Unapproved Minutes of the Uniontown City Council of June 11

The Regular Council Meeting on June 11, 2024 at Uniontown City Hall, was called to order at 7:02PM by Mayor Jurgensen.  Council members present were Jess Ervin, Danea Esslinger, Amber Kelly, and Mary Pemberton.  Also in attendance for all or part of the meeting were City Treasurer Charlene Bolinger, City Superintendent Bobby Rich and City Clerk Sally Johnson.



Appoint City Clerk/Municipal Court Clerk, City Treasurer, Municipal Judge, Municipal prosecutor –


Motion by Ervin, Second by Kelly, Approved 4-0 to appoint Sally Johnson as City Clerk/Municipal Court Clerk, Charlene Bolinger as City Treasurer, Patricia Miklos as Municipal Judge, and Chase Vaughn as Municipal Prosecutor.


Oath of office was administered by Mayor Jurgensen for Sally Johnson and Charlene Bolinger.  Clerk Johnson will administer oath for Municipal Judge and Prosecutor by the next court date.


Designate official bank and newspaper –


Motion by Ervin, Second by Kelly, Approved 4-0 to designate the Union State Bank, Uniontown, as official bank and The Fort Scott Tribune as official newspaper







Treasurer Bolinger asked if they wanted an oral report on April and May; they opted for oral for May 2024 Treasurer’s Report.  April 2024 Treasurer’s written reports were presented.  Beginning Checking Account Balance for all funds was $248,941.39, Receipts $51,651.27, Transfers Out $12,776.00, Expenditures $25,058.15, Checking Account Closing Balance $262,758.51. Bank Statement Balance $264,895.81, including Checking Account Interest of $55.65, Outstanding Deposits $0, Outstanding Checks $2,137.30, Reconciled Balance $262,758.51.  Water Utilities Certificates of Deposit $37,385.86, Sewer Utilities Certificate of Deposit $21,376.69, Gas Utilities Certificates of Deposit $39,177.46, Total All Funds, including Certificates of Deposit $360,698.52. Year-to-Date Interest in Checking Acct is $283.42, and Utility CDs $841.17 for a Total Year-to-Date Interest of $1,124.59.  Also included the status of the Projects Checking Account for the month of May 2024, Beginning Balance $0, Receipts $4,311.86, Expenditures $4,311.86, Ending Balance $0.  May Transfers from Sewer Utility Fund to Sewer Revolving Loan $1,402.00, to Capital Improvement-Streets $250.00; from Water Utility Fund to GO Water Bond & Interest $1,624.00, to Capital Improvement-Streets $750.00; from Gas Utility Fund to Capital Improvement-Streets $6,250.00; from General Fund to Capital Improvement-Streets $2,500.00 for Total Transfers of $12,776.00.  Net Income for the month of May $13,817.12, Year-to-Date Net Income $27,279.31.  Budget vs Actual Water Fund YTD Revenue $46,034.81 (37.3%), Expenditures $56,155.73 (34.6%); Sewer Fund YTD Revenue $14,593.33 (39.5%), Expenditures $14,392.05 (34.2%); Gas Fund YTD Revenue $78,818.29 (53.8%), Expenditures $51,114.51 (28.8%); General Fund YTD Revenue $93,682.10 (57.1%), Expenditures $95,345.38 (47.1%); and Special Highway YTD Revenue $3,966.38 (54.6%), Expenditures $0 (0%).  The June 2024 payables to date in the amount of $13,031.25 were presented.  The invoices from KMGA, Homestead Tech, Phillips 66, and Ag Engineering have not been received by noon meeting day.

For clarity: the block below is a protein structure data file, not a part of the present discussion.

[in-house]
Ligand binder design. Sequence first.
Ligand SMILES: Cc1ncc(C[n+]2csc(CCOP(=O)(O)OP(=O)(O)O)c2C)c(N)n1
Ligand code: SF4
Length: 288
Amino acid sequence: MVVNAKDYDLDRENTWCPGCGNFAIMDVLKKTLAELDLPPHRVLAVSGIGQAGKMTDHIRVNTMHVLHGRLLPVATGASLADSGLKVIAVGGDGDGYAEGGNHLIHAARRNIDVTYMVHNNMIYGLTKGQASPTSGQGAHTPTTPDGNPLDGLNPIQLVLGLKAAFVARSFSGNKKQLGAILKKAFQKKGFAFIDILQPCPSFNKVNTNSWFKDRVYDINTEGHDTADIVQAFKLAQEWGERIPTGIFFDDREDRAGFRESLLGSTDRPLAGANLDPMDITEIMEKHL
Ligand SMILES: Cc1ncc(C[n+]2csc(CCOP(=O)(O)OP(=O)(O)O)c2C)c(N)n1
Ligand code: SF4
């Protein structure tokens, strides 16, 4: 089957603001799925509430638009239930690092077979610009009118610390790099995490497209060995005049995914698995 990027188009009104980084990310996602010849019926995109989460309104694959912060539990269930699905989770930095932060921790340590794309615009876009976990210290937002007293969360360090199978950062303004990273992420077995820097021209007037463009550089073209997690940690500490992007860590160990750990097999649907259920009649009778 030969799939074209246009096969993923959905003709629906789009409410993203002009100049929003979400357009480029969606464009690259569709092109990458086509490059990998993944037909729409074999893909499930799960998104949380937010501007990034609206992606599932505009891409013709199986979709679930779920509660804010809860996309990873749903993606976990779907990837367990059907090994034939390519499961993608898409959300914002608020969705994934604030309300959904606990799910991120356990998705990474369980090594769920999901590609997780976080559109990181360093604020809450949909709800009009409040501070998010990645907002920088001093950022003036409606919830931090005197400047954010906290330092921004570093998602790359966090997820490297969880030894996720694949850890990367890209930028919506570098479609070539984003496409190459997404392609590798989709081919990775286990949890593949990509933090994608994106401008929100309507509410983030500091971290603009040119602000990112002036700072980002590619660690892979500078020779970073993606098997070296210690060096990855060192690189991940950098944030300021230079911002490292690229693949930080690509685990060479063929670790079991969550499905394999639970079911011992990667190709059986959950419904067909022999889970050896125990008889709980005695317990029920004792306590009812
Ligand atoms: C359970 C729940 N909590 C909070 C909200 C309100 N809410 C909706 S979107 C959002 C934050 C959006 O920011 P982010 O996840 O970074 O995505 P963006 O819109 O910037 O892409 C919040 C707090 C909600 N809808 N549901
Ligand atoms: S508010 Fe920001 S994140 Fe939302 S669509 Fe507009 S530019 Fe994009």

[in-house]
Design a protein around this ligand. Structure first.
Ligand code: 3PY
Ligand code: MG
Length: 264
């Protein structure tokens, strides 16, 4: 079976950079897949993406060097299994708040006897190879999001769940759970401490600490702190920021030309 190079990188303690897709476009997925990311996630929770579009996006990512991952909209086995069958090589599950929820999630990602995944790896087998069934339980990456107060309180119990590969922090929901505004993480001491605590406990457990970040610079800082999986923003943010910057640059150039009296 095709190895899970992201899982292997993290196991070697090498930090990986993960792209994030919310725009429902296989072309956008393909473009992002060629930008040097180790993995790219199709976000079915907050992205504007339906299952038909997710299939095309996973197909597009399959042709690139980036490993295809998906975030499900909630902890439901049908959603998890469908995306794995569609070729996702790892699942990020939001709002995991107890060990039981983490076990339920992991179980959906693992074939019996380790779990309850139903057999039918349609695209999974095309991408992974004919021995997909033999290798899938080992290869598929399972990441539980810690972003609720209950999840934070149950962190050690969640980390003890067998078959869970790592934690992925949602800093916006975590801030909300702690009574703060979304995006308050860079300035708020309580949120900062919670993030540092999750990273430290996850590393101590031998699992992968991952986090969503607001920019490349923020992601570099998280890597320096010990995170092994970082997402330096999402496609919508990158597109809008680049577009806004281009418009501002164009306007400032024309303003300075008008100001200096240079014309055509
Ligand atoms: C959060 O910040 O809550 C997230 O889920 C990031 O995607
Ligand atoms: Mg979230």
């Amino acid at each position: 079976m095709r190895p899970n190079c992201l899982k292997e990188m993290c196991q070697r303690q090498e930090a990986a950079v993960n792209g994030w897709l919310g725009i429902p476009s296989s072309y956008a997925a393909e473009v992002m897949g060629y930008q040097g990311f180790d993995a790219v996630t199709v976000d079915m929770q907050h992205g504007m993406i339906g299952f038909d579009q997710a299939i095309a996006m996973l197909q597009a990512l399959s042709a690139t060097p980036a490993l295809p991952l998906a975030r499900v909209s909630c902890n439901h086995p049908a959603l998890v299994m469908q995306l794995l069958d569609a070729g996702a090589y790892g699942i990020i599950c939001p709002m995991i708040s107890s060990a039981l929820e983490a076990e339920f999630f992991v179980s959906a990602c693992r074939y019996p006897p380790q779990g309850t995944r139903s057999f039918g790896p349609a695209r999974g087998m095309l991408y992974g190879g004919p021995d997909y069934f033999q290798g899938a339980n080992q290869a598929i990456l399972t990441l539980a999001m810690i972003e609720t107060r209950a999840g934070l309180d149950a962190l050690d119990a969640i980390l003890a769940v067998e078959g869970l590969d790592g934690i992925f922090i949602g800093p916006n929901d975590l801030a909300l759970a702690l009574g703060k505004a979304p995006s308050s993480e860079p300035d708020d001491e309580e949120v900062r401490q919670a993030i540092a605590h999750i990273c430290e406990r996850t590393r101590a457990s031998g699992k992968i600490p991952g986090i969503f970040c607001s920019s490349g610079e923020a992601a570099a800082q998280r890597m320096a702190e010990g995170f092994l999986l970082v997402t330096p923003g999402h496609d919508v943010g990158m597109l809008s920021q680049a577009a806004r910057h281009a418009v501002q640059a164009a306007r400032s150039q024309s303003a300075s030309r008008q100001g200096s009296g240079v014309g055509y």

Motion by Ervin, Second by Esslinger, Approved 3-0, to approve amended Consent Agenda:

  • Minutes of May 14, 2024 Special Council Meeting, May 14, 2024 Regular Council Meeting and May 23, 2024 Special Council Meeting
  • April and May Treasurer’s Reports, Monthly Transaction Report & Accounts Payables



Codes Enforcement Officer Doug Coyan was absent.  Council received emailed reports.


City Superintendent Rich had nothing to report.


Clerk Johnson informed the Council the copier maintenance agreement renewal was received and is $25 higher.


Motion by Esslinger, Second by Kelly, Approved 4-0 to renew copier maintenance agreement with Modern Copy Systems


She also went over 2024 KMGA Regional Meetings, KMU Health Insurance Pooling Survey, and KDHE public meeting on implementation of the 2022 Kansas Water Plan.